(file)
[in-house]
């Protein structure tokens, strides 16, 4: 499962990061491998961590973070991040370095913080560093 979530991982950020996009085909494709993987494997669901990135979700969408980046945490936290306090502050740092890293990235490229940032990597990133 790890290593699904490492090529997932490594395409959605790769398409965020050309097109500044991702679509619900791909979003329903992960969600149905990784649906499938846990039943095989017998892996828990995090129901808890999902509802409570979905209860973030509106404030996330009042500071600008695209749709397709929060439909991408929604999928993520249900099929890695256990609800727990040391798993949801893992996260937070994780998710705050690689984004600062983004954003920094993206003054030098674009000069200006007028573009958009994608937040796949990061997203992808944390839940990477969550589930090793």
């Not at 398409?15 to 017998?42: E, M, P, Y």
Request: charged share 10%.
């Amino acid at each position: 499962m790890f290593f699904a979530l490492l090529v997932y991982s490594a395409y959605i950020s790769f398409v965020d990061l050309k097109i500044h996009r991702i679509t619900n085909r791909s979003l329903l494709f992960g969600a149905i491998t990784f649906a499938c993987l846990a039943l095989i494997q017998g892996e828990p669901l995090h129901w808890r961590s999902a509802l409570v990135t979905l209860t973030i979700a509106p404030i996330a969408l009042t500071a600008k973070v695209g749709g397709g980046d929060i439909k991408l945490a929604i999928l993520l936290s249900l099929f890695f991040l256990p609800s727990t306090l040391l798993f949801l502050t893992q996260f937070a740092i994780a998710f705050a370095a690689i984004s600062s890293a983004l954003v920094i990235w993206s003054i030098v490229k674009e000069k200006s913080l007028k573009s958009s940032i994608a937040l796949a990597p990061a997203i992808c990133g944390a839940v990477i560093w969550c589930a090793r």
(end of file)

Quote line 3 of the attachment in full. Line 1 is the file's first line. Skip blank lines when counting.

């Not at 398409?15 to 017998?42: E, M, P, Y």